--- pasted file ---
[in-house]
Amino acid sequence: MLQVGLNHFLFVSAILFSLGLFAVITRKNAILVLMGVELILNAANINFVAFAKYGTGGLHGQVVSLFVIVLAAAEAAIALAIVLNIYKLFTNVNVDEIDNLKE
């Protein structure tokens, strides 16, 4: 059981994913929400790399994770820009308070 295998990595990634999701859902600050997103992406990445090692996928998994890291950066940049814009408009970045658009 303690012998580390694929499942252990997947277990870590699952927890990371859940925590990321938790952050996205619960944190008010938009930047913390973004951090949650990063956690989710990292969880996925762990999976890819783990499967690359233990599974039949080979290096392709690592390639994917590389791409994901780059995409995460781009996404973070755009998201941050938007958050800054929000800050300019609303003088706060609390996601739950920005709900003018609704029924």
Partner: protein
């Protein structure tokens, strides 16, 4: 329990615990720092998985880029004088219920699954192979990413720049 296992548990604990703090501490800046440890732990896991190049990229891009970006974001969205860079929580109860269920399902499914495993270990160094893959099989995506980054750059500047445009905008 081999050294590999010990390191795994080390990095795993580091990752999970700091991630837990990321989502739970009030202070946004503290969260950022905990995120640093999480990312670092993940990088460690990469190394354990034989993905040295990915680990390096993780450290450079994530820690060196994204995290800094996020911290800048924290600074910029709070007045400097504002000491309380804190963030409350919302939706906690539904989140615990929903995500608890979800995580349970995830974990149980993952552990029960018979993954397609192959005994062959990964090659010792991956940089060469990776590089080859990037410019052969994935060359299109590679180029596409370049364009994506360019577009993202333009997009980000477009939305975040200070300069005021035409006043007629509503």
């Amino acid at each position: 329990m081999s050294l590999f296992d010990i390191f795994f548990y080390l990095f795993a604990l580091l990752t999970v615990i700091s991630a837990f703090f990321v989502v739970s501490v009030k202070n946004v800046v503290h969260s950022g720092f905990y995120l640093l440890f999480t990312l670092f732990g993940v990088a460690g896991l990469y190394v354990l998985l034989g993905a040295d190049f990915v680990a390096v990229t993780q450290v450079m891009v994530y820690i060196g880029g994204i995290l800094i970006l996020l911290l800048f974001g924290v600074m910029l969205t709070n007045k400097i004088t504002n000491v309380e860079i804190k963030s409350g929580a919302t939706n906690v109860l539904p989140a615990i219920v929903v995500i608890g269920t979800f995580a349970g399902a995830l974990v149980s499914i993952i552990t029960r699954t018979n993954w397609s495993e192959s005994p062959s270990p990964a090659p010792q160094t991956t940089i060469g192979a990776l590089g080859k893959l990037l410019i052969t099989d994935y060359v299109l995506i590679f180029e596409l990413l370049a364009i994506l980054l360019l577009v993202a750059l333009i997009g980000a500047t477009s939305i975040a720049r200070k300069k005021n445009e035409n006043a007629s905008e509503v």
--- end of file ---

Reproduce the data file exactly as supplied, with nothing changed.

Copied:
[in-house]
Amino acid sequence: MLQVGLNHFLFVSAILFSLGLFAVITRKNAILVLMGVELILNAANINFVAFAKYGTGGLHGQVVSLFVIVLAAAEAAIALAIVLNIYKLFTNVNVDEIDNLKE
């Protein structure tokens, strides 16, 4: 059981994913929400790399994770820009308070 295998990595990634999701859902600050997103992406990445090692996928998994890291950066940049814009408009970045658009 303690012998580390694929499942252990997947277990870590699952927890990371859940925590990321938790952050996205619960944190008010938009930047913390973004951090949650990063956690989710990292969880996925762990999976890819783990499967690359233990599974039949080979290096392709690592390639994917590389791409994901780059995409995460781009996404973070755009998201941050938007958050800054929000800050300019609303003088706060609390996601739950920005709900003018609704029924």
Partner: protein
């Protein structure tokens, strides 16, 4: 329990615990720092998985880029004088219920699954192979990413720049 296992548990604990703090501490800046440890732990896991190049990229891009970006974001969205860079929580109860269920399902499914495993270990160094893959099989995506980054750059500047445009905008 081999050294590999010990390191795994080390990095795993580091990752999970700091991630837990990321989502739970009030202070946004503290969260950022905990995120640093999480990312670092993940990088460690990469190394354990034989993905040295990915680990390096993780450290450079994530820690060196994204995290800094996020911290800048924290600074910029709070007045400097504002000491309380804190963030409350919302939706906690539904989140615990929903995500608890979800995580349970995830974990149980993952552990029960018979993954397609192959005994062959990964090659010792991956940089060469990776590089080859990037410019052969994935060359299109590679180029596409370049364009994506360019577009993202333009997009980000477009939305975040200070300069005021035409006043007629509503």
């Amino acid at each position: 329990m081999s050294l590999f296992d010990i390191f795994f548990y080390l990095f795993a604990l580091l990752t999970v615990i700091s991630a837990f703090f990321v989502v739970s501490v009030k202070n946004v800046v503290h969260s950022g720092f905990y995120l640093l440890f999480t990312l670092f732990g993940v990088a460690g896991l990469y190394v354990l998985l034989g993905a040295d190049f990915v680990a390096v990229t993780q450290v450079m891009v994530y820690i060196g880029g994204i995290l800094i970006l996020l911290l800048f974001g924290v600074m910029l969205t709070n007045k400097i004088t504002n000491v309380e860079i804190k963030s409350g929580a919302t939706n906690v109860l539904p989140a615990i219920v929903v995500i608890g269920t979800f995580a349970g399902a995830l974990v149980s499914i993952i552990t029960r699954t018979n993954w397609s495993e192959s005994p062959s270990p990964a090659p010792q160094t991956t940089i060469g192979a990776l590089g080859k893959l990037l410019i052969t099989d994935y060359v299109l995506i590679f180029e596409l990413l370049a364009i994506l980054l360019l577009v993202a750059l333009i997009g980000a500047t477009s939305i975040a720049r200070k300069k005021n445009e035409n006043a007629s905008e509503v």